There are a number of non-binary and trans people who do not feel totally at peace with the way their bodies are often perceived as indicators of a gender identity they don’t belong to. Additionally, many trans people deal with body dysphoria, or extreme distress called by a “mismatch between sex and gender identity” (according to the National Health Service).
Certain comments about appearance that are filled with good intentions could potentially trigger body negative attitudes and body disassociation. For example, complimenting a masculine part of someone’s body when that person identifies as female or presents femininely can make them feel self-conscious about their gender presentation, and vice versa. Avoiding complimenting parts of the body that can be considered gendered, like breasts or beefy pectorals, can also be helpful. And maybe don’t call a masculine or masculine-presenting person “pretty” (personally, I hate this).
However, it’s different for every individual. I love when my friends and partner, who are tuned in to my gender fluidity and when I’m feeling more masc or femme, say things like “you look like a hot boy” when I’m presenting masculinely. It’s very validating for me to hear compliments that align with the way I’m feeling and presenting each day.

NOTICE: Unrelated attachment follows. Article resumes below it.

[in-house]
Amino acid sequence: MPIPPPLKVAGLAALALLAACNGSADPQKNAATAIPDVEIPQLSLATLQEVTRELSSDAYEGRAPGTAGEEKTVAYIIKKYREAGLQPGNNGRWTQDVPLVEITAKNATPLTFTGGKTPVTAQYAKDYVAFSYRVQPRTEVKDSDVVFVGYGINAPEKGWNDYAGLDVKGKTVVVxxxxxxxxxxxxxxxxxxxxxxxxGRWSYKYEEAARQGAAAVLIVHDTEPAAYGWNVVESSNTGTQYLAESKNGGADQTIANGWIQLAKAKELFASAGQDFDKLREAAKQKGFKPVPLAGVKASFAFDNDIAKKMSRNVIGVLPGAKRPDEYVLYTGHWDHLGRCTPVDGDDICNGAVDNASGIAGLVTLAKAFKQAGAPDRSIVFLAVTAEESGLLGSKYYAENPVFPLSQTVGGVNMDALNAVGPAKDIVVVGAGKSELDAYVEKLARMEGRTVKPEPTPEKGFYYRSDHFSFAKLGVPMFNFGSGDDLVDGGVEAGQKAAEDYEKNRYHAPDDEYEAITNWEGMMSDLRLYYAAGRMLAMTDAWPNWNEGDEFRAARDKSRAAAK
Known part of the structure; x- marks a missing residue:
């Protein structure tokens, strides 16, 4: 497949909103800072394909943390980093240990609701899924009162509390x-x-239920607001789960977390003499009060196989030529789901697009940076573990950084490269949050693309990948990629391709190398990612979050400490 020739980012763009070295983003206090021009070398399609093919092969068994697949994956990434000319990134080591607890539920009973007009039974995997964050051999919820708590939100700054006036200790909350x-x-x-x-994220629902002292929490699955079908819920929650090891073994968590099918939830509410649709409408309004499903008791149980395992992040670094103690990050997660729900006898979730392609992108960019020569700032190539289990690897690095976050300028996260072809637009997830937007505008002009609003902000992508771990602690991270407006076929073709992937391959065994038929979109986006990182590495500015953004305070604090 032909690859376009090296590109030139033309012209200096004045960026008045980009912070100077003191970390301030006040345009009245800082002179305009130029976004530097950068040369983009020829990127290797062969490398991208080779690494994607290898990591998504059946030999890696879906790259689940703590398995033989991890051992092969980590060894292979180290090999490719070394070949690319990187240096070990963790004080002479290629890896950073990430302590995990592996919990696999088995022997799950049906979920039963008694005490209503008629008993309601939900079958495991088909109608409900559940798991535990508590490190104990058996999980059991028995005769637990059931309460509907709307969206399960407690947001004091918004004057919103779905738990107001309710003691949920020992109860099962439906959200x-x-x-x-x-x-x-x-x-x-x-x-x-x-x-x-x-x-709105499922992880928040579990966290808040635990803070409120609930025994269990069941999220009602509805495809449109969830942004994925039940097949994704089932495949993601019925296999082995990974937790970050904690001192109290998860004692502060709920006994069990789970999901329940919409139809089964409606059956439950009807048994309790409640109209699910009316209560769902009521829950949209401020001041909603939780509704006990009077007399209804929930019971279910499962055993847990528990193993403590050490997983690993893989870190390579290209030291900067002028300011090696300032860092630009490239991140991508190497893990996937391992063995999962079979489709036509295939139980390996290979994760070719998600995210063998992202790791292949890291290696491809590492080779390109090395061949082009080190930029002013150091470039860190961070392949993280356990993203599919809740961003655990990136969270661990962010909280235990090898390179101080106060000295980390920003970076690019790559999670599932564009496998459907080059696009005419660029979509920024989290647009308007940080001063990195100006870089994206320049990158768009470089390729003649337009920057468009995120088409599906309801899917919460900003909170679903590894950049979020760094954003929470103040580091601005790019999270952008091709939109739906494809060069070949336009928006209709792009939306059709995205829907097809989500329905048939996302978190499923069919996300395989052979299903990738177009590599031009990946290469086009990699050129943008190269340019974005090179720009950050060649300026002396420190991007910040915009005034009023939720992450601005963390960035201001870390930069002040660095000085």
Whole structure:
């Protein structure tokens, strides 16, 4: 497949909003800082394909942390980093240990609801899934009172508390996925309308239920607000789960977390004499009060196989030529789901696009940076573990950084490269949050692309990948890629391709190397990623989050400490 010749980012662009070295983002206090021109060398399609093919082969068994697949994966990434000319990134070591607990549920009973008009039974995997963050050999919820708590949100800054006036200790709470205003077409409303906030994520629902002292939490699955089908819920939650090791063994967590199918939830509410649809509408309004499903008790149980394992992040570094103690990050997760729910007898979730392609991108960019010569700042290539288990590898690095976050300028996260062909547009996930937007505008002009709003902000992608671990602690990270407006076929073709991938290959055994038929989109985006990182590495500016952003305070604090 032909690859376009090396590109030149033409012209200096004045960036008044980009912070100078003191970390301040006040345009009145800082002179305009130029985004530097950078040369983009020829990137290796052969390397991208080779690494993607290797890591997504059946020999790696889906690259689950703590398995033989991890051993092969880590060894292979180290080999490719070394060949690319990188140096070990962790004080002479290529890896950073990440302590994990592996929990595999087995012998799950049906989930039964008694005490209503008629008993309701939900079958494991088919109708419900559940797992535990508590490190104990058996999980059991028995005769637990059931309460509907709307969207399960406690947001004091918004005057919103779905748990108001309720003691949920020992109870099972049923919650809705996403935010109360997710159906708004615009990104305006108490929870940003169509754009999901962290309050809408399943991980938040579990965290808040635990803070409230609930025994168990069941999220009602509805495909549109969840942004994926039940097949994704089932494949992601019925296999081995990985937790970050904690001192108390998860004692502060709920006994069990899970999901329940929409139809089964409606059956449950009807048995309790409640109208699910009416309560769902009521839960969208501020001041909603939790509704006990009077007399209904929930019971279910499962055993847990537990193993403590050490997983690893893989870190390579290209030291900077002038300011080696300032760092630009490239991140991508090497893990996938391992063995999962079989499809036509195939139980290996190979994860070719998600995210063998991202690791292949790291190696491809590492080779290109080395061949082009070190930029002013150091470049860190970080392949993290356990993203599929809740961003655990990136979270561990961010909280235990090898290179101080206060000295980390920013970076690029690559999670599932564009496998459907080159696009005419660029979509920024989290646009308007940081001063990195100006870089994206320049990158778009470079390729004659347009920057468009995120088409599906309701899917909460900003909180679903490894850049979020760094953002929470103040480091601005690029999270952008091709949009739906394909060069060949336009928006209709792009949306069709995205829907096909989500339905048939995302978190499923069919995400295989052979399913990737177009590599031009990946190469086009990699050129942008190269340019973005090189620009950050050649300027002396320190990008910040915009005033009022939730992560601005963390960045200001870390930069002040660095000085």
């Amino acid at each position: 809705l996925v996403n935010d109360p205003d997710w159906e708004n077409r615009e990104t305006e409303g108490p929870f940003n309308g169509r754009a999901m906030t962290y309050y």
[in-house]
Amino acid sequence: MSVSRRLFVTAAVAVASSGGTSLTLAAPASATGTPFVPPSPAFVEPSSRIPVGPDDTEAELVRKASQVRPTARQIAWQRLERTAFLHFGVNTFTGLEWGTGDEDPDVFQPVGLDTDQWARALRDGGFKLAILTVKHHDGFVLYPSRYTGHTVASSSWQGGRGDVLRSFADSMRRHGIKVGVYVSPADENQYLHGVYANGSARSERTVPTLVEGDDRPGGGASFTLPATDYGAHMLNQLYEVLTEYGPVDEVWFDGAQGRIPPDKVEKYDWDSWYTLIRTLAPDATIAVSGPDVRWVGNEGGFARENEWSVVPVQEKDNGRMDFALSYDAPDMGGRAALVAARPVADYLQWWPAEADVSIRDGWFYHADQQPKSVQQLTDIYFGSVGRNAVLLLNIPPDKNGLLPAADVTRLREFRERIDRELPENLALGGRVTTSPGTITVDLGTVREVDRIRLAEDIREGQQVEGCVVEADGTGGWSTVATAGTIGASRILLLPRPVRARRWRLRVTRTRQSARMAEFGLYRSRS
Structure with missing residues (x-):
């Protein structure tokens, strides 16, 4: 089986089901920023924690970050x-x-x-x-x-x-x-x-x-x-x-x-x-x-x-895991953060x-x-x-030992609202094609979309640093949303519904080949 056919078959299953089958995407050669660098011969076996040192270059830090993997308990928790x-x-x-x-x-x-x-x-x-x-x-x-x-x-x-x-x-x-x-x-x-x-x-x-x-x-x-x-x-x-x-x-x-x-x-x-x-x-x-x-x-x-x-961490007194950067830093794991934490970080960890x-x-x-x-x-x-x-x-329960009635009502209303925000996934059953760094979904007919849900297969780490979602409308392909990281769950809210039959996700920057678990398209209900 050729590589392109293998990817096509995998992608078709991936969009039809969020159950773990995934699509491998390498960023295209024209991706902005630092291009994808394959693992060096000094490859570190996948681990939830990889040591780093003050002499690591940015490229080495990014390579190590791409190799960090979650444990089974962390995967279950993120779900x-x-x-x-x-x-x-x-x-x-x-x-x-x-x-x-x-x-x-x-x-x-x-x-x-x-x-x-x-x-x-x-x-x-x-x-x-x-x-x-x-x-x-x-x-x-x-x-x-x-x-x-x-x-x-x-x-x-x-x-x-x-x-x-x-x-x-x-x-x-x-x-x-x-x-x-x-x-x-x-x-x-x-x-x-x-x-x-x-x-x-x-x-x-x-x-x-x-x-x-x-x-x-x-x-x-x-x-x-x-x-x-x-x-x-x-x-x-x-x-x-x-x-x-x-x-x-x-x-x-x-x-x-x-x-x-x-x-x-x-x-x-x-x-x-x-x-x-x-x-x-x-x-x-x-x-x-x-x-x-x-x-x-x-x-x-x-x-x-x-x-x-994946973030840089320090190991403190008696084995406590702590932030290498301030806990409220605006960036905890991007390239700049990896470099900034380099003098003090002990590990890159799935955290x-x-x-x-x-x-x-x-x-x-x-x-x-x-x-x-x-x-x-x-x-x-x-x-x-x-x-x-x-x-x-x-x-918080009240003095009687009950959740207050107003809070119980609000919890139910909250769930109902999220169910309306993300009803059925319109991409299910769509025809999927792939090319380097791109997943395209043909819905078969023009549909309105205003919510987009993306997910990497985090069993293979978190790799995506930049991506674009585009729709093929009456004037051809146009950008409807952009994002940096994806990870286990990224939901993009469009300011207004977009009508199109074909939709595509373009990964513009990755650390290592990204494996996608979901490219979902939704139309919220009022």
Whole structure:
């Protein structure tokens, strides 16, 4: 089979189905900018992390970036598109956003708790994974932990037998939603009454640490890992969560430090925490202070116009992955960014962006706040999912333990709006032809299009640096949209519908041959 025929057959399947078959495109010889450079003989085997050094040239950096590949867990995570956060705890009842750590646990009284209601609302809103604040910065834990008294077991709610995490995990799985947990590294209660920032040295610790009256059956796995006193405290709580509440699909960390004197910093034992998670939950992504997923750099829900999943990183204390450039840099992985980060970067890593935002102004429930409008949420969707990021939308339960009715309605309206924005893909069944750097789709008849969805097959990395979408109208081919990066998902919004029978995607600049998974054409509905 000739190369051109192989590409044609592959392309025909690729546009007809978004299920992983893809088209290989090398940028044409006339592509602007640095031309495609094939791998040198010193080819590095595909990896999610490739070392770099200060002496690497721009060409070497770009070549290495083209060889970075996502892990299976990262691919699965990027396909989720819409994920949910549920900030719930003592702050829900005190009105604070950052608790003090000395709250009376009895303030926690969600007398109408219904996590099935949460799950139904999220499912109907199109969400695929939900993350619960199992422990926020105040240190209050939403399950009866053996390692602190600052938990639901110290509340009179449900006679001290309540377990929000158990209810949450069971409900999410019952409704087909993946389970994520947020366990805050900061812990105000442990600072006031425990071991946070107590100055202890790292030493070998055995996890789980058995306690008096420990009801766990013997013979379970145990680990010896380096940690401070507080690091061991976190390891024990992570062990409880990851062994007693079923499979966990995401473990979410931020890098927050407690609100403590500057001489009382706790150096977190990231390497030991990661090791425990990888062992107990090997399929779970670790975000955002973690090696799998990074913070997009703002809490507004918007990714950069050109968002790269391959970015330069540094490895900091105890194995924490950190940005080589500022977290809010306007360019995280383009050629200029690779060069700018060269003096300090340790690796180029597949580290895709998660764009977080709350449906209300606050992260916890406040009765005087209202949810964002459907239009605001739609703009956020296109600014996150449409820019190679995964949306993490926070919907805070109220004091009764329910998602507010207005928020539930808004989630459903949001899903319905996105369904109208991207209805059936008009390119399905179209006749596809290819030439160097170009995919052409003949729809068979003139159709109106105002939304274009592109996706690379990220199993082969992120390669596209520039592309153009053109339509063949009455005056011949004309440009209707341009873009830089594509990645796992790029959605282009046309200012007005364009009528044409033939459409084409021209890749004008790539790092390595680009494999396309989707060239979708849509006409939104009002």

2. Considering the Issue of the “Real” Woman for Queer Identities
In many typical and often body-negative conversations, there is a little reminder of what makes someone a “real” woman. Whether that pertains to her sex life, her anatomy, the beauty routine she maintains, or her ever-present feminine fierceness, these expectations are oftentimes a tall order to fill. The reality is that not all women do or should add up to this limited idea of a “real” woman, whether because of their anatomy, habits, or preferences that differ from the “norm.”
Rules of femininity already feel incredibly imposing to cis women, so it’s clearly got to be a struggle for non-binary and trans people. You don’t have to have a vagina to be a “real” woman, much like having a vagina doesn’t necessarily mean you feel like a woman. It’s important that we abolish strict ideas of what womanhood means, and acknowledge that the way every human uses and interprets femininity is valid. Real women have vaginas, penises, and any genitalia in between.